Streamlining Transition from Bridgepoint Rehabilitation Hospital Back to the Community

For Individuals with Chronic Conditions 


A Collaborative Project Between OCAD University and Bridgepoint Active Health Care Hospital

System Thinking, Design Thinking, Strategic Design, Service Design, Design Research, Inclusive Design, Design for Health, Experience Design, Long-term strategy development, Visual Design, Graphic Design, Adobe Photoshop, Adobe Illustrator

My Role:

I performed qualitative and design research. I facilitated co-design sessions and communicated system progress and functionality through producing system thinking tools to diverse stakeholders. I analyzed and synthesized data into meaningful insights and developed guidelines and concepts for future steps of the project.

Other OCAD U Researchers: Filipe de Abreu, Mahsa Karimi, Malin Medin, Sonia Tagari, Teresa Coronel


This project addresses the complex care needs of stroke patients in order to smooth transition from Bridgepoint rehabilitation to their home communities.

Transition from hospital to home is imperfect. People who have had a stroke and their caregivers need to adapt to a new life routine and a new set of abilities. Sometimes, navigating access to all the supports and resources they need after discharge can be very confusing or limited. This can cause underlying or unforeseen issues, from physical to social to financial, to become major problems. This is why the transition system needs to be improved to best support patient and caregiver needs.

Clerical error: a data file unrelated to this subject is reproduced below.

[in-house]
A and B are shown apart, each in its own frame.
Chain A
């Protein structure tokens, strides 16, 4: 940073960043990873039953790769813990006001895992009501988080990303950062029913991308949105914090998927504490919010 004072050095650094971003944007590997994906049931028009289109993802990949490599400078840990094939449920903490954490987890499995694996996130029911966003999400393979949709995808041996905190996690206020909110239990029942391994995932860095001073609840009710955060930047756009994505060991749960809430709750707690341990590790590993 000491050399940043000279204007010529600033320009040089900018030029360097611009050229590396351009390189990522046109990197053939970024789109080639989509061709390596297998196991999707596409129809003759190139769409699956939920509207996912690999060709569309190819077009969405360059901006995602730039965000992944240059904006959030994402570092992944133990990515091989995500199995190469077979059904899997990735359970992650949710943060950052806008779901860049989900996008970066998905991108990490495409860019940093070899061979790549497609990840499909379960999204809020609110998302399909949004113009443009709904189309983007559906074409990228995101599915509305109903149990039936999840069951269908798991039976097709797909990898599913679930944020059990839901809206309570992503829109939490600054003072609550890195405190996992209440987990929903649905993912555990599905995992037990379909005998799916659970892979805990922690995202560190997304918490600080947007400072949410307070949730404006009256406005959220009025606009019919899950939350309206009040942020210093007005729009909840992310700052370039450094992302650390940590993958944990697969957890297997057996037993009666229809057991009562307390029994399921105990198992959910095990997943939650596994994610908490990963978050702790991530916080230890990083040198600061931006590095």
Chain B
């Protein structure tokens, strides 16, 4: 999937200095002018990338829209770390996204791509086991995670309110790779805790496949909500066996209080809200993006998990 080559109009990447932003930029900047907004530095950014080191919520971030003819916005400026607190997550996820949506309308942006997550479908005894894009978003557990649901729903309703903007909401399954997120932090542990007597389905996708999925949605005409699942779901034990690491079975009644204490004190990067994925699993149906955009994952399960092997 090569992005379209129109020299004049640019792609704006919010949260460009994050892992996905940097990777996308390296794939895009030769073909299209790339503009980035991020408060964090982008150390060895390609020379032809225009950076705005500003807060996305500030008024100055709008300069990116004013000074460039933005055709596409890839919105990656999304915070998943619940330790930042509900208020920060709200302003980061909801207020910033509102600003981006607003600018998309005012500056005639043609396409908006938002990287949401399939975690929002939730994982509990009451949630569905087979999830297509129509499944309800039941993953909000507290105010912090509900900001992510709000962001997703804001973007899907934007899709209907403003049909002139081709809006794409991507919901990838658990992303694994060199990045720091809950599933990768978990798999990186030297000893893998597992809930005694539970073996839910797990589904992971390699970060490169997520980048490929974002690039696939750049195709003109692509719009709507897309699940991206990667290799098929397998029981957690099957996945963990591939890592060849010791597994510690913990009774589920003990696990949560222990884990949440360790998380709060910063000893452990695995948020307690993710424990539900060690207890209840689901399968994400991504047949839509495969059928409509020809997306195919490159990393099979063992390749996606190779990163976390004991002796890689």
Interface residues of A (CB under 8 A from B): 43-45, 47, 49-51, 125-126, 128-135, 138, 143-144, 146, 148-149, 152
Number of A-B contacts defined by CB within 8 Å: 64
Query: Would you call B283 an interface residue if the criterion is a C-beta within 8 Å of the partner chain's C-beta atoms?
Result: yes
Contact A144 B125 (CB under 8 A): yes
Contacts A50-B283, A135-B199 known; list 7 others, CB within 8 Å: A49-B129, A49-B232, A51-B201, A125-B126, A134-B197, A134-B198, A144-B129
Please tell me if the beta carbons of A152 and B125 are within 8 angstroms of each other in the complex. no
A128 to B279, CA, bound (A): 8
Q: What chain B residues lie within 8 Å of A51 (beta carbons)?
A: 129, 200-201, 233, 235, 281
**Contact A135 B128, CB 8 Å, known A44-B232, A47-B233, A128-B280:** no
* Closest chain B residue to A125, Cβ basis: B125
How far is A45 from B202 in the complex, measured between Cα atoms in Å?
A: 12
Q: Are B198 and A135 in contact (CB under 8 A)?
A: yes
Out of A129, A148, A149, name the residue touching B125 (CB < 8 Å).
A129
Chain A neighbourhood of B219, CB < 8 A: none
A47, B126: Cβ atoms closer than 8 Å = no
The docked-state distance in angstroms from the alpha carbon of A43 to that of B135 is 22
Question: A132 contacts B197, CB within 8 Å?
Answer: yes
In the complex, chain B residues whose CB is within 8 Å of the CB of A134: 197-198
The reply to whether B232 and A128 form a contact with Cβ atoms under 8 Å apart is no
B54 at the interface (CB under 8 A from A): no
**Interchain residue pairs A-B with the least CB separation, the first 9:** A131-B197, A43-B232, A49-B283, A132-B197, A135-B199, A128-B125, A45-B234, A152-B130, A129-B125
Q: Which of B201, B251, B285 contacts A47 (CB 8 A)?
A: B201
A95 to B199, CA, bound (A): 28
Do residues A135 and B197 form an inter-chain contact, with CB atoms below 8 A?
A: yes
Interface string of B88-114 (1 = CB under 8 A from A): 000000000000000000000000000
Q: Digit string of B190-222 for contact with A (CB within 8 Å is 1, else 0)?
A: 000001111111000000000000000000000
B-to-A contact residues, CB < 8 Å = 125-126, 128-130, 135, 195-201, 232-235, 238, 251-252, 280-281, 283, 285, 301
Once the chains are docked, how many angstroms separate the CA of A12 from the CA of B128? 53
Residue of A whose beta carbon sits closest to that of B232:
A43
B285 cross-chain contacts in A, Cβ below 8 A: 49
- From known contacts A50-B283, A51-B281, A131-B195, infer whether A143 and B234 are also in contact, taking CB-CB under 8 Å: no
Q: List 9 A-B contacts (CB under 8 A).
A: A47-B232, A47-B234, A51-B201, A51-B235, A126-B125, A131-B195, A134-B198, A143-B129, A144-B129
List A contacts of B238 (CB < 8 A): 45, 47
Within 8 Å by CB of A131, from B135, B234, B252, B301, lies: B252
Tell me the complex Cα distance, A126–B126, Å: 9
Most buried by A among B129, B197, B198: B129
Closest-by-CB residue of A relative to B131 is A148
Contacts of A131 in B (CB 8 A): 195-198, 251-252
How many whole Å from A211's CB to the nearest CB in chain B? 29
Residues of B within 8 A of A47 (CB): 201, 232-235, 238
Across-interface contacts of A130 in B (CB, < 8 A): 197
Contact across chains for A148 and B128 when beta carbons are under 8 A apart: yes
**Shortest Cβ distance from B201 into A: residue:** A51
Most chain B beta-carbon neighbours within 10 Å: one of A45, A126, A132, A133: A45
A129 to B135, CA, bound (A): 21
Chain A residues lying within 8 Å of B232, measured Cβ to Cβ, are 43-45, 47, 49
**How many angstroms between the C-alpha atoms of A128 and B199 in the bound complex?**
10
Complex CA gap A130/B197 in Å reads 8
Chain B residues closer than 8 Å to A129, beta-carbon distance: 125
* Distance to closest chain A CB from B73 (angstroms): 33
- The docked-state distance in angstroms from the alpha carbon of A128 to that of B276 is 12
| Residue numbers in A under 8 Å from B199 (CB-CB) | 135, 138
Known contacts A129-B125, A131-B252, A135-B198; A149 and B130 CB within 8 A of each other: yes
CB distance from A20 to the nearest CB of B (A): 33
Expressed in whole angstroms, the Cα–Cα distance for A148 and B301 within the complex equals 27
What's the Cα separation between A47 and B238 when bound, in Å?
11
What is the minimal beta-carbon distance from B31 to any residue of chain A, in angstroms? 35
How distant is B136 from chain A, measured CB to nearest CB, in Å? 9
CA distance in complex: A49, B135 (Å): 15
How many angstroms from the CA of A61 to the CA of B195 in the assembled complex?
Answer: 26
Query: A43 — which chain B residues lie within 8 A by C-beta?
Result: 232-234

A service design that starts while stroke patients are at the rehabilitation hospital. This Service is triad-centered (patient, caregiver and health provider). It helps the care team by taking over some of the services that are currently being facilitated by them and expanding those to all the stroke patients at Bridgepoint including:

  • caregiver education and training

  • home assessment

  • making sure that every patient has a family physician 

  • book an appointment with the family physicians within a week from their discharge date.

  • transportation arrangement to get home at discharge.

  • 72 hr follow up calls after discharge

  • connect the patients to sub hubs in the community


Research Methods
Rationale for the Method

Literature scan


Discover Current Practices, guidelines and best practices, Discover current complexities within transition

Ethnographic Observation of Stroke Unit

Clinical Rounds Observation

Observation of Inter-professional Education


Discover elements that support a successful transition as well as barriers for individuals with chronic conditions and complexities

Discover transition system and patient journey touchpoints

Informal Chats


Health Providers-5

pair of Stroke Patients and a family members-3

Volunteer Resources Manger-1

Define need, barriers and goals

Discover gaps

Discover challenges with current services

Two Co-Design Sessions 

Lunch and Design-15

Participants were stroke unit health providers and staff

Co-design session

17 participants including health providers, volunteers, health researchers family member of patients with complexities

Validate data gathered to date from literature scan, observation and interviews

Validate data translation to different stakeholders journeys, personas

Gather additional data about current services and stages of transition and how patients transition journey is like from various lenses